Murphy’s Law

Murphy’s Law states that what can go wrong will go wrong.

Over the past two weeks, my life has been an exercise in that bitter adage.

Two Saturday’s ago, we hired a handyman on the cheap to fix our first-floor bathroom faucet. When I took a shower later that night, water poured through our tenant’s ceiling below.

The next day, after a long string of football staff meetings, I came home to this:

Murphys Law#1

Pepco soon restored the power. I borrowed my neighbors chainsaw and had some fun cutting the wood up.

Murphy's Law #2

Problem solved. My wife remarked: “strange for a tree limb to fall out of nowhere like that.” I agreed.

On Wednesday that week I woke up to this:

Murphy's Law#3

A different tree limb fell. This one knocking out our cable and phone wires.

“What the hell?” I asked my wife. The tree company we used to help us weather a spring storm (read that story here) gave us a good rate on limb removal, examined the tree and found it perfectly healthy.

Water in our basement came next, soaking our tenant’s bedroom carpet. This problem has been recurring for years. I dug down to the footer and re-tarred the foundation wall. I put a french drain in to help move water away from the house. And still, on a perfectly dry day, water rose up through the concrete slab of our foundation. Luckily our waterproofing company offers 12-month interest-free financing on the sub pump they will install Wednesday. Otherwise, I would be selling my body to science rather than writing this post.

This past Thursday, before my first sip of coffee, I see this out of my kitchen window. A third tree limb fell, smashing through my car’s windshield and denting the roof.

Murhpy's Law #4use

I shit you not. I would list the other mishaps but I am currently nauseated from reliving one hell of a fortnight.


The timing of it all hasn’t helped. Miranda is back to work after 2 ½ years in graduate school. Strangely enough, the dates encompassing these home-owner headaches will be the same dates comprising her first pay stub, which will promptly disappear in electrician, plumber, tree-removal, and foundation-repair payments.

Why us? Why now?—the obvious questions on our mind. Why has Murphy’s Law descended upon our home like a swirling tornado of leaking faucets and falling limbs? Is God telling us we are destined for financial struggle? Is God telling us to move?

I found an entirely different lesson.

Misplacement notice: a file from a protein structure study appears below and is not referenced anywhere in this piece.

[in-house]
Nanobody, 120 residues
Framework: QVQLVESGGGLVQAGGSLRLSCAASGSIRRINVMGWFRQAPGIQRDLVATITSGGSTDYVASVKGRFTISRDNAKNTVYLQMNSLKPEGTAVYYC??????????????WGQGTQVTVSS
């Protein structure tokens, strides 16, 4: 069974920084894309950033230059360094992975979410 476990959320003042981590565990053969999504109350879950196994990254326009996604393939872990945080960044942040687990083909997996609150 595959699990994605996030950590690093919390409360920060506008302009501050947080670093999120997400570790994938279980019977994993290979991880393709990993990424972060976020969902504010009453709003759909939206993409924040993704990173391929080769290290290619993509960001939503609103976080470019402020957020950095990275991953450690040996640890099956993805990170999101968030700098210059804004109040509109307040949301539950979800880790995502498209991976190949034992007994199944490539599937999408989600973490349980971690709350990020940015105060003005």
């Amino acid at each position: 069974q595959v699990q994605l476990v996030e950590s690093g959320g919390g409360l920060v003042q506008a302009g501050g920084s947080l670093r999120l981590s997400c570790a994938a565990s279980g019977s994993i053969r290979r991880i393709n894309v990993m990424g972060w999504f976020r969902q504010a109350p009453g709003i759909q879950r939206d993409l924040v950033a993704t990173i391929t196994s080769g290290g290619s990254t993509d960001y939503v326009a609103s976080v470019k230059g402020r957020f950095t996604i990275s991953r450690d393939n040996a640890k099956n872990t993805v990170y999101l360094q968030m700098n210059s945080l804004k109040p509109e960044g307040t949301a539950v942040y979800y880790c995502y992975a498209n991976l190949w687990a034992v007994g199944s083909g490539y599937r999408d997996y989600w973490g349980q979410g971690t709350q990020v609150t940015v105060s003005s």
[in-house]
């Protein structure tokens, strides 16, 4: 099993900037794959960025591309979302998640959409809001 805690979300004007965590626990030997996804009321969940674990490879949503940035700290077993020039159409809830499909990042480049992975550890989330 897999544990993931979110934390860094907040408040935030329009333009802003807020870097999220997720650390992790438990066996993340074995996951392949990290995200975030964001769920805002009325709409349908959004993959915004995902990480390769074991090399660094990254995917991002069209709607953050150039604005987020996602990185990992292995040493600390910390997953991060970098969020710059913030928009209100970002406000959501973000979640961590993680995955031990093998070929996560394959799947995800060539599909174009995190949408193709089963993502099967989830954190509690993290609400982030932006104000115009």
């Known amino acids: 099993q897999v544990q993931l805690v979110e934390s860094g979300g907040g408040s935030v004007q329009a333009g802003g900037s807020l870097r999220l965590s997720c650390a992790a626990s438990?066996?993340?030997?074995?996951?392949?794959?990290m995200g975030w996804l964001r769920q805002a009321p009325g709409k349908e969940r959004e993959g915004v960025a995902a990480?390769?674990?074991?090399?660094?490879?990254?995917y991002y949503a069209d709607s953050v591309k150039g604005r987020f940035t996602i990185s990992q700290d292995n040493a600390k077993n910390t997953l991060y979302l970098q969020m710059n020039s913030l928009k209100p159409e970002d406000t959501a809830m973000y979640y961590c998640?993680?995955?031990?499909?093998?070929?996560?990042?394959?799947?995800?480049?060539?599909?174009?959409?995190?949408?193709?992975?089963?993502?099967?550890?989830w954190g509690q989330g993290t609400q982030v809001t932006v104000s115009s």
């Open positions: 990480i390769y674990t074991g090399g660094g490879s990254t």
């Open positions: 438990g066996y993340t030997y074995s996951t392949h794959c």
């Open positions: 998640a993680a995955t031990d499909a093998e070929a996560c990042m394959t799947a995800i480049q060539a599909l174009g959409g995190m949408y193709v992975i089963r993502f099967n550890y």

What if I could believe that we were spared of these problems until Miranda got back to work and we were in a position to deal with them?

What if a tree limb stripping the main power supply wire off our house could make me grateful for the electricity we take for granted?

What if being present to deal with this adversity could remind me how marvelous sobriety is?

Those realizations slowly saturated my conscience like the rising water that seeped into our basement carpet. I stored each one in the neuron folder titled: Truths that piss me off.


Gratitude did not get me through these two weeks. Neither did solving each problem as it surfaced like a whack-a-mole. Neither was it a big-picture faith that this is all part of God’s plan. What got me through these two weeks was purpose. It was football.

For those two hours a day that I am coaching, there is one purpose in my mind: get these kids better. Make them better football players. Help make them come together as a team. Teach them how to be successful. Show them how to win.

I lose myself on that field. It is the same loss of self I experience when writing.

The same loss of self I experience when I come home and my daughter tackles me onto the carpet.

The same loss of self I experience when the bell rings to start class.

The same loss of self I experience when I give someone else my full attention at a meeting.

The truth is, I am happiest when my life is not about me.

When I am working in service of another—

when I am helping someone else achieve success—

when I am lost in the love of another—

I lose myself.

And when I lose myself, I experience the kingdom of God, the joy of living, and the splendor of existence.

29 Responses to “Murphy’s Law

  • That was a great part of an early morning read. Our whole purpose is to help others. It isn’t about us, we do our part and the rest works itself out. Thanks for sharing your unique way in wisdom.

  • Dwight
    1 year ago

    Terrific Post Mark!

  • Mark Decker (Sr)
    1 year ago

    Mark – your strength in the face of adversity is very inspiring – thanks for sharing your Murphy’s Law experience – it happens to all of us at one time or another – multiple times!! Keep on keeping on.

  • Mr. Murphy can really bring us down if we let him, but you took the high road and found the bright side. Sometimes it seems like every time I scratch together a little bit of savings they disappear because yet another thing needs to get fixed or replaced. I have to remind myself that I’m fortunate to have the ability to cover my debts and have a little fun along the way. I have to remind myself that it’s really more like I have a lot of fun and I cover my debts than the other way around. And mostly, I have to remind myself that I owe a lot of that to being sober these days.

    Also, I love how you worked football into this.

    • Yeah, I couldn’t deny that it was fotball (or purpose) that pulled me out. Not some ‘positive thinking’ etc.